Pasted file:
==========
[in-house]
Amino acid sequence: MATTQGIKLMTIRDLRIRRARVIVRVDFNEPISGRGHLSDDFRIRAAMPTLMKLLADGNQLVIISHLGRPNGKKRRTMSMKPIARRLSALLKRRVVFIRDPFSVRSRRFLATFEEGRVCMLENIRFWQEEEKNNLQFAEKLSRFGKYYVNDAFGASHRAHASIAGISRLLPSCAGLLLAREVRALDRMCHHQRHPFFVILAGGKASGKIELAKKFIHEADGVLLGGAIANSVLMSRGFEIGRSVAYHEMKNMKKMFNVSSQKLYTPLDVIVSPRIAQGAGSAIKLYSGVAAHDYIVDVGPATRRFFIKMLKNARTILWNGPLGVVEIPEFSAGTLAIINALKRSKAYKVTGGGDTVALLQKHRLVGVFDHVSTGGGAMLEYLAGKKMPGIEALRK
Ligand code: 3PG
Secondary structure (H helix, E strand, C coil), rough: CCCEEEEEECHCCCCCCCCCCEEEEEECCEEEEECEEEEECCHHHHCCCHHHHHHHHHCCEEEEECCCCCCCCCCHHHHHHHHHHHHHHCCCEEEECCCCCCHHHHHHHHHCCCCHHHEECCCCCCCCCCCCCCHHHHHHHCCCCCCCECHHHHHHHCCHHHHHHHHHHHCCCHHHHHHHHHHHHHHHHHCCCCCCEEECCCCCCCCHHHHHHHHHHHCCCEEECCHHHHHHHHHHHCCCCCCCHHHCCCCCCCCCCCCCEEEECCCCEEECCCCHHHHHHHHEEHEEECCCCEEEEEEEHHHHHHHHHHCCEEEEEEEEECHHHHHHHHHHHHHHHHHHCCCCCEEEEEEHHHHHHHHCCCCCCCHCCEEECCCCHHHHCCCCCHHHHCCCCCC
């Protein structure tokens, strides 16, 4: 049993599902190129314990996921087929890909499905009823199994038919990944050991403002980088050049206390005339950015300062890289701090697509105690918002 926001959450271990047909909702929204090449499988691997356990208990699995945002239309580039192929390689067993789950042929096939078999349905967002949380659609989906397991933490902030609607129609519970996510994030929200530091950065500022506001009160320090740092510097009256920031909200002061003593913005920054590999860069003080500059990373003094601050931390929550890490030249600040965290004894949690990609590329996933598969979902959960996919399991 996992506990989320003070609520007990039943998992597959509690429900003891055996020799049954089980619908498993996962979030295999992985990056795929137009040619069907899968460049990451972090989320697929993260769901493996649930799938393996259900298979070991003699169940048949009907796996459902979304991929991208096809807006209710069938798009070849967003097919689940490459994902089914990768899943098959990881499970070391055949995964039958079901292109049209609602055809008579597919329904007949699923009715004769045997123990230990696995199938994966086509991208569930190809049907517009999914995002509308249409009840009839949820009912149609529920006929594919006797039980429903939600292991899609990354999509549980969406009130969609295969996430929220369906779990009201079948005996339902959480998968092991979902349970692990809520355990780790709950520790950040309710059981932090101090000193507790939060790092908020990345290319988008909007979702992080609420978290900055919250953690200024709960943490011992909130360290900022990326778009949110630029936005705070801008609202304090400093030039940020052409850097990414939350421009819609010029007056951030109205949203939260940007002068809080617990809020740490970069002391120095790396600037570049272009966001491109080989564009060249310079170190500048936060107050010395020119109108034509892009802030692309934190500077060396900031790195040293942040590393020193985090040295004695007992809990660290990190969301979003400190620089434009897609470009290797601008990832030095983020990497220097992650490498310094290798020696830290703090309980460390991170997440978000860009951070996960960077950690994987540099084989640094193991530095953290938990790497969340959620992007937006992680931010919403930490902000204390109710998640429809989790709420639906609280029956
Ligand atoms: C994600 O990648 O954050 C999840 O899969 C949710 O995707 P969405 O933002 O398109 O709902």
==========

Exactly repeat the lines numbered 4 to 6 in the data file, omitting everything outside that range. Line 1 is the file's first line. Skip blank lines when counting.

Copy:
Secondary structure (H helix, E strand, C coil), rough: CCCEEEEEECHCCCCCCCCCCEEEEEECCEEEEECEEEEECCHHHHCCCHHHHHHHHHCCEEEEECCCCCCCCCCHHHHHHHHHHHHHHCCCEEEECCCCCCHHHHHHHHHCCCCHHHEECCCCCCCCCCCCCCHHHHHHHCCCCCCCECHHHHHHHCCHHHHHHHHHHHCCCHHHHHHHHHHHHHHHHHCCCCCCEEECCCCCCCCHHHHHHHHHHHCCCEEECCHHHHHHHHHHHCCCCCCCHHHCCCCCCCCCCCCCEEEECCCCEEECCCCHHHHHHHHEEHEEECCCCEEEEEEEHHHHHHHHHHCCEEEEEEEEECHHHHHHHHHHHHHHHHHHCCCCCEEEEEEHHHHHHHHCCCCCCCHCCEEECCCCHHHHCCCCCHHHHCCCCCC
């Protein structure tokens, strides 16, 4: 049993599902190129314990996921087929890909499905009823199994038919990944050991403002980088050049206390005339950015300062890289701090697509105690918002 926001959450271990047909909702929204090449499988691997356990208990699995945002239309580039192929390689067993789950042929096939078999349905967002949380659609989906397991933490902030609607129609519970996510994030929200530091950065500022506001009160320090740092510097009256920031909200002061003593913005920054590999860069003080500059990373003094601050931390929550890490030249600040965290004894949690990609590329996933598969979902959960996919399991 996992506990989320003070609520007990039943998992597959509690429900003891055996020799049954089980619908498993996962979030295999992985990056795929137009040619069907899968460049990451972090989320697929993260769901493996649930799938393996259900298979070991003699169940048949009907796996459902979304991929991208096809807006209710069938798009070849967003097919689940490459994902089914990768899943098959990881499970070391055949995964039958079901292109049209609602055809008579597919329904007949699923009715004769045997123990230990696995199938994966086509991208569930190809049907517009999914995002509308249409009840009839949820009912149609529920006929594919006797039980429903939600292991899609990354999509549980969406009130969609295969996430929220369906779990009201079948005996339902959480998968092991979902349970692990809520355990780790709950520790950040309710059981932090101090000193507790939060790092908020990345290319988008909007979702992080609420978290900055919250953690200024709960943490011992909130360290900022990326778009949110630029936005705070801008609202304090400093030039940020052409850097990414939350421009819609010029007056951030109205949203939260940007002068809080617990809020740490970069002391120095790396600037570049272009966001491109080989564009060249310079170190500048936060107050010395020119109108034509892009802030692309934190500077060396900031790195040293942040590393020193985090040295004695007992809990660290990190969301979003400190620089434009897609470009290797601008990832030095983020990497220097992650490498310094290798020696830290703090309980460390991170997440978000860009951070996960960077950690994987540099084989640094193991530095953290938990790497969340959620992007937006992680931010919403930490902000204390109710998640429809989790709420639906609280029956
Ligand atoms: C994600 O990648 O954050 C999840 O899969 C949710 O995707 P969405 O933002 O398109 O709902």